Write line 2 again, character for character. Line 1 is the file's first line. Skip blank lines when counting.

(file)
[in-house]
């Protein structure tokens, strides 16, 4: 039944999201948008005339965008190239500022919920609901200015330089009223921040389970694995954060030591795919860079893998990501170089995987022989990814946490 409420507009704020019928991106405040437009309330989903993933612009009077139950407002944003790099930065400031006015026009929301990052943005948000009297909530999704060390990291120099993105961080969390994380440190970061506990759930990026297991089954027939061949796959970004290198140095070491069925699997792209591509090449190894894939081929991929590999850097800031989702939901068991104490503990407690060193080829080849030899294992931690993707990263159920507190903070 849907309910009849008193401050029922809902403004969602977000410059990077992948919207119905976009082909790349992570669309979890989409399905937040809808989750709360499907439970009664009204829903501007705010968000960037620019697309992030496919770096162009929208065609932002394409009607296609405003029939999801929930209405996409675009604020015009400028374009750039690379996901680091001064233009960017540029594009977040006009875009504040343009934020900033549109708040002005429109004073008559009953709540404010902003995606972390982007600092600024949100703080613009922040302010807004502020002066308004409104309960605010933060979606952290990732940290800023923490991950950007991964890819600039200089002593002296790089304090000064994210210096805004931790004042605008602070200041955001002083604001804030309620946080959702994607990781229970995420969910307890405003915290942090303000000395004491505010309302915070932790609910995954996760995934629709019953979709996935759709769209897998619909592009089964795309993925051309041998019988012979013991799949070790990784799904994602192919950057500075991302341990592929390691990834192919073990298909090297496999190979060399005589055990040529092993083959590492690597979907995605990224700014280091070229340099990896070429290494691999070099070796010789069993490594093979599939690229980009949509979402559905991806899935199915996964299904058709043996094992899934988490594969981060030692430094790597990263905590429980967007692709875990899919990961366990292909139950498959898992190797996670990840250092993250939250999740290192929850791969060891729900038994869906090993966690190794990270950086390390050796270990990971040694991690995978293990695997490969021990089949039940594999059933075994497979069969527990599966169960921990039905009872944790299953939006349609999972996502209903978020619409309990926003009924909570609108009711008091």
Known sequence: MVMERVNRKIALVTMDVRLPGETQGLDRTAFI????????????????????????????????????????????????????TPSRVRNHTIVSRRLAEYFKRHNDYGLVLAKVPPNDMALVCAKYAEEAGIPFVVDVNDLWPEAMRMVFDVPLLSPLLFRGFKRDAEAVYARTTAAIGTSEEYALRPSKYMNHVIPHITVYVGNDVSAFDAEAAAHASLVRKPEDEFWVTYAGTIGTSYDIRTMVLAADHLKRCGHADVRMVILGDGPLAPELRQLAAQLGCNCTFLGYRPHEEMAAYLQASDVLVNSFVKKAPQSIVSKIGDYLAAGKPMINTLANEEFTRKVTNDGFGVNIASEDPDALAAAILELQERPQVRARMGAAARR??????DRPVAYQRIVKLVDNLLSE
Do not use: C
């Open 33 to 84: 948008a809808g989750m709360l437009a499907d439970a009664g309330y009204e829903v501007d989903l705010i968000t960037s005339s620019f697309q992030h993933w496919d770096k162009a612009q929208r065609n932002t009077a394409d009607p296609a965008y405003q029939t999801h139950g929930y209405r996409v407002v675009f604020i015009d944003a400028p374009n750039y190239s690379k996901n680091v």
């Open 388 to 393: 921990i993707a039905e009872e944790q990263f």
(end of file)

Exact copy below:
């Protein structure tokens, strides 16, 4: 039944999201948008005339965008190239500022919920609901200015330089009223921040389970694995954060030591795919860079893998990501170089995987022989990814946490 409420507009704020019928991106405040437009309330989903993933612009009077139950407002944003790099930065400031006015026009929301990052943005948000009297909530999704060390990291120099993105961080969390994380440190970061506990759930990026297991089954027939061949796959970004290198140095070491069925699997792209591509090449190894894939081929991929590999850097800031989702939901068991104490503990407690060193080829080849030899294992931690993707990263159920507190903070 849907309910009849008193401050029922809902403004969602977000410059990077992948919207119905976009082909790349992570669309979890989409399905937040809808989750709360499907439970009664009204829903501007705010968000960037620019697309992030496919770096162009929208065609932002394409009607296609405003029939999801929930209405996409675009604020015009400028374009750039690379996901680091001064233009960017540029594009977040006009875009504040343009934020900033549109708040002005429109004073008559009953709540404010902003995606972390982007600092600024949100703080613009922040302010807004502020002066308004409104309960605010933060979606952290990732940290800023923490991950950007991964890819600039200089002593002296790089304090000064994210210096805004931790004042605008602070200041955001002083604001804030309620946080959702994607990781229970995420969910307890405003915290942090303000000395004491505010309302915070932790609910995954996760995934629709019953979709996935759709769209897998619909592009089964795309993925051309041998019988012979013991799949070790990784799904994602192919950057500075991302341990592929390691990834192919073990298909090297496999190979060399005589055990040529092993083959590492690597979907995605990224700014280091070229340099990896070429290494691999070099070796010789069993490594093979599939690229980009949509979402559905991806899935199915996964299904058709043996094992899934988490594969981060030692430094790597990263905590429980967007692709875990899919990961366990292909139950498959898992190797996670990840250092993250939250999740290192929850791969060891729900038994869906090993966690190794990270950086390390050796270990990971040694991690995978293990695997490969021990089949039940594999059933075994497979069969527990599966169960921990039905009872944790299953939006349609999972996502209903978020619409309990926003009924909570609108009711008091």